Scene
from
Private Violence, screened at the 8th Film Festival
for Womens Rights

 

 

There
are many reasons why women are abused by husbands, boyfriends and other men
with whom they have intimate relationships. There are also various and complex
reasons, including love, money, children, social isolation, and the desire to
"give him another chance," as to why they are stuck in such
relationships. It is almost impossible to understand each case of domestic
violence without understanding its history and context. Private Violenceshows us that domestic violence can never be eradicated as long as it remains
something that "everybody knows but no one knows about (note: this is a
literal translation of the Korean title of the film, <
누구나 알지만 누구도 모르는>)."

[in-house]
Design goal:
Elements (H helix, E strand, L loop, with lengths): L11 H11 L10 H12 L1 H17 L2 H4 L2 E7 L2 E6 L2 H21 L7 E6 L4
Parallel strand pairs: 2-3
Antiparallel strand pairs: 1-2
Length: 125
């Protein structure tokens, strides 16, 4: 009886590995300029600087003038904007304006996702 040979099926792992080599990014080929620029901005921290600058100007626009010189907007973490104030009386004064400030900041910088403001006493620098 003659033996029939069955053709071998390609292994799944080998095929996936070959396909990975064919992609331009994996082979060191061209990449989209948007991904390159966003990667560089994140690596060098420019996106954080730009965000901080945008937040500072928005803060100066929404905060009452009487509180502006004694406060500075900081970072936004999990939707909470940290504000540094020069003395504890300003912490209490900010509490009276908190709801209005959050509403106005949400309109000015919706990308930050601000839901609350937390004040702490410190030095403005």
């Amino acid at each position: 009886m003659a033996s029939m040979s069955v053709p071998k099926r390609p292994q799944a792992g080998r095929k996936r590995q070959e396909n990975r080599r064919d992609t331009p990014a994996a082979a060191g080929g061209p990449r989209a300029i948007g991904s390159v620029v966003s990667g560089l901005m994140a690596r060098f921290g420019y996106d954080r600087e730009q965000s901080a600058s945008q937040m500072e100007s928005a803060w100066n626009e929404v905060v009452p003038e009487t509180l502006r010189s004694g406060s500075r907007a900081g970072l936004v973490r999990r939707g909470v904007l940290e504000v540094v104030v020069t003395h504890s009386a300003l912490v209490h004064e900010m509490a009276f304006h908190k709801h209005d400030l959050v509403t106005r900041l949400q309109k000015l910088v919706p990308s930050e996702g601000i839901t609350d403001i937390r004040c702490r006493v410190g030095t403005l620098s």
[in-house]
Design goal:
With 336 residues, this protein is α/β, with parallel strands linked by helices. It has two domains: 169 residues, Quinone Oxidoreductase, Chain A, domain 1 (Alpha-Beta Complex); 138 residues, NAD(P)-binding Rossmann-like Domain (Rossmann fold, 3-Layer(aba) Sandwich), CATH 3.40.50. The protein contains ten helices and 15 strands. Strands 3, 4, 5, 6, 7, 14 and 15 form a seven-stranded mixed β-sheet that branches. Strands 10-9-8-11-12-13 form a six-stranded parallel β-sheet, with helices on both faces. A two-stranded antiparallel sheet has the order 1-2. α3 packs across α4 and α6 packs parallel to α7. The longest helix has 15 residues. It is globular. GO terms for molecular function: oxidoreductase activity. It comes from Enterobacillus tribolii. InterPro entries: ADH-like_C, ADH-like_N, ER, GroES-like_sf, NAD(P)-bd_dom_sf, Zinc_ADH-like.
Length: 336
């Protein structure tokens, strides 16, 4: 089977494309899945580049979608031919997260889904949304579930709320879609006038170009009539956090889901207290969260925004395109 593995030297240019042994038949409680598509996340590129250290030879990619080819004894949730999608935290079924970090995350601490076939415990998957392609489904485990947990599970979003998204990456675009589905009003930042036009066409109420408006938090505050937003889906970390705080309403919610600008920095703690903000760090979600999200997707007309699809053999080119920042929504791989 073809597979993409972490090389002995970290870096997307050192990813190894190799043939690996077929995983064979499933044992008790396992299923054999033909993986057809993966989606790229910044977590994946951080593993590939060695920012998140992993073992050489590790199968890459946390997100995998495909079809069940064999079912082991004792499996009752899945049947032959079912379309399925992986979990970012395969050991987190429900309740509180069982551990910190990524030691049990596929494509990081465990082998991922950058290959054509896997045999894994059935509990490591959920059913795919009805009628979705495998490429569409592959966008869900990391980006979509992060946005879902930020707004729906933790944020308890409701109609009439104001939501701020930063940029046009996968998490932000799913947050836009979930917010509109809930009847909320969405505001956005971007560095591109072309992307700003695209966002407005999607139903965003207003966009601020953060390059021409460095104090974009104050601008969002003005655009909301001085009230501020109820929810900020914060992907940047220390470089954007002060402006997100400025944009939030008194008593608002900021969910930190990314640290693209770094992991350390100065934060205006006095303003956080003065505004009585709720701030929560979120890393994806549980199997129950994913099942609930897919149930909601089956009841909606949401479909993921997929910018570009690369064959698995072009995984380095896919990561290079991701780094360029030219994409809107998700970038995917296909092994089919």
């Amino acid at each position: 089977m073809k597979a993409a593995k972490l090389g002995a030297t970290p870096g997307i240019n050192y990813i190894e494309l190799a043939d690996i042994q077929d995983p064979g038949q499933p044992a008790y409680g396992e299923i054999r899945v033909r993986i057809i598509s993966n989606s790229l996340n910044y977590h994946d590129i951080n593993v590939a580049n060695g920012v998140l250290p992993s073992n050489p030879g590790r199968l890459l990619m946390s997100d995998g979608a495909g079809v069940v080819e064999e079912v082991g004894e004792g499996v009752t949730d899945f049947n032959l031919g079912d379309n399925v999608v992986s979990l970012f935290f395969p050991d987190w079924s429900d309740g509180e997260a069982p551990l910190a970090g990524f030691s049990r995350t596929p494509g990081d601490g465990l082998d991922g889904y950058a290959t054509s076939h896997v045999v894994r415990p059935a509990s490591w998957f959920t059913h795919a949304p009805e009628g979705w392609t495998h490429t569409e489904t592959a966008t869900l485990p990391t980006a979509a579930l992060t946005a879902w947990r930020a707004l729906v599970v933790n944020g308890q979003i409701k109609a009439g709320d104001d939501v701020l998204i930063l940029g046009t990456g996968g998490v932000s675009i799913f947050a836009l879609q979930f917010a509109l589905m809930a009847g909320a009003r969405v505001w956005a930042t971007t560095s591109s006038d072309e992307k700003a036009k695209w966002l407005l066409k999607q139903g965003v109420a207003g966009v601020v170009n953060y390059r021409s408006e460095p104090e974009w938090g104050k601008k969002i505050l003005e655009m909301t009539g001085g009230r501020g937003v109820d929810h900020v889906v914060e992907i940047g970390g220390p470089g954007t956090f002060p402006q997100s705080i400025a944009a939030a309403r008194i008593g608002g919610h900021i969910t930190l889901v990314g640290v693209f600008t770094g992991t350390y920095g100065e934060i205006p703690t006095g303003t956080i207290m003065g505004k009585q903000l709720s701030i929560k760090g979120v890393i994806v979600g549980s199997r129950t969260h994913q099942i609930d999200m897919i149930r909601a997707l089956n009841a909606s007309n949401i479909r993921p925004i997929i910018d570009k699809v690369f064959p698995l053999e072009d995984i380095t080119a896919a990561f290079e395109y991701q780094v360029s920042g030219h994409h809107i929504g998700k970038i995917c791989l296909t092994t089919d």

Where
on the earth can we find the solution? We cannot just wait for a superhero like
Kit to show up and save us. The director Cynthia Hill gives us a clue through
Kits words: "
battered
women are the experts in whats happening in their relationship and we need
society to treat them like the experts that they are.”.

 

Let us
admit that every case of domestic violence is unique and special. This
understanding must be shared not only within the criminal justice system but
among all of us. We need to respect the experiences of each victim and listen
to their voices. Discard the stereotypes we have for domestic violence, and pay
attention to the victims description of their struggles. Only then will we be
a Kit to somebody else.  

 

Also,
the law enforcement, civil society and the government should join forces to
construct a social safety net to prevent recurring violence in so-called